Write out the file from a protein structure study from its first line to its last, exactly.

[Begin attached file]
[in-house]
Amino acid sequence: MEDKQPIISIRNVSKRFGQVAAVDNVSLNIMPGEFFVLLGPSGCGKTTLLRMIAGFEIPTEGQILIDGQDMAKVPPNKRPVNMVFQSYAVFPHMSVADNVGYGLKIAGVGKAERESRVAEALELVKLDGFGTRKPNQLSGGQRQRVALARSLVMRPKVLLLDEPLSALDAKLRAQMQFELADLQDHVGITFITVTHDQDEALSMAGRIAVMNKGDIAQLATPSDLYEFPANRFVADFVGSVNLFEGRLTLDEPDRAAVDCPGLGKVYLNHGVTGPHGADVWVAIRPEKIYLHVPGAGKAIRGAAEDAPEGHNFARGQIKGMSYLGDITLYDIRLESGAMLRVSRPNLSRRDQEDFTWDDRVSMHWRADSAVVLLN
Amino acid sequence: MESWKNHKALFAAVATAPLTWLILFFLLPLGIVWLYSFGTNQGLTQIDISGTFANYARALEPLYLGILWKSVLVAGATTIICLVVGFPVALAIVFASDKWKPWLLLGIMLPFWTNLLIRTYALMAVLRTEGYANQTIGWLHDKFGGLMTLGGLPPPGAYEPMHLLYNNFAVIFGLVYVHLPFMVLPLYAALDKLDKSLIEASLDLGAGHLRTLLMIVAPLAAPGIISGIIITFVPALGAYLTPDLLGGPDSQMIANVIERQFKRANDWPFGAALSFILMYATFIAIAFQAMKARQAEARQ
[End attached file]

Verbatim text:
[in-house]
Amino acid sequence: MEDKQPIISIRNVSKRFGQVAAVDNVSLNIMPGEFFVLLGPSGCGKTTLLRMIAGFEIPTEGQILIDGQDMAKVPPNKRPVNMVFQSYAVFPHMSVADNVGYGLKIAGVGKAERESRVAEALELVKLDGFGTRKPNQLSGGQRQRVALARSLVMRPKVLLLDEPLSALDAKLRAQMQFELADLQDHVGITFITVTHDQDEALSMAGRIAVMNKGDIAQLATPSDLYEFPANRFVADFVGSVNLFEGRLTLDEPDRAAVDCPGLGKVYLNHGVTGPHGADVWVAIRPEKIYLHVPGAGKAIRGAAEDAPEGHNFARGQIKGMSYLGDITLYDIRLESGAMLRVSRPNLSRRDQEDFTWDDRVSMHWRADSAVVLLN
Amino acid sequence: MESWKNHKALFAAVATAPLTWLILFFLLPLGIVWLYSFGTNQGLTQIDISGTFANYARALEPLYLGILWKSVLVAGATTIICLVVGFPVALAIVFASDKWKPWLLLGIMLPFWTNLLIRTYALMAVLRTEGYANQTIGWLHDKFGGLMTLGGLPPPGAYEPMHLLYNNFAVIFGLVYVHLPFMVLPLYAALDKLDKSLIEASLDLGAGHLRTLLMIVAPLAAPGIISGIIITFVPALGAYLTPDLLGGPDSQMIANVIERQFKRANDWPFGAALSFILMYATFIAIAFQAMKARQAEARQ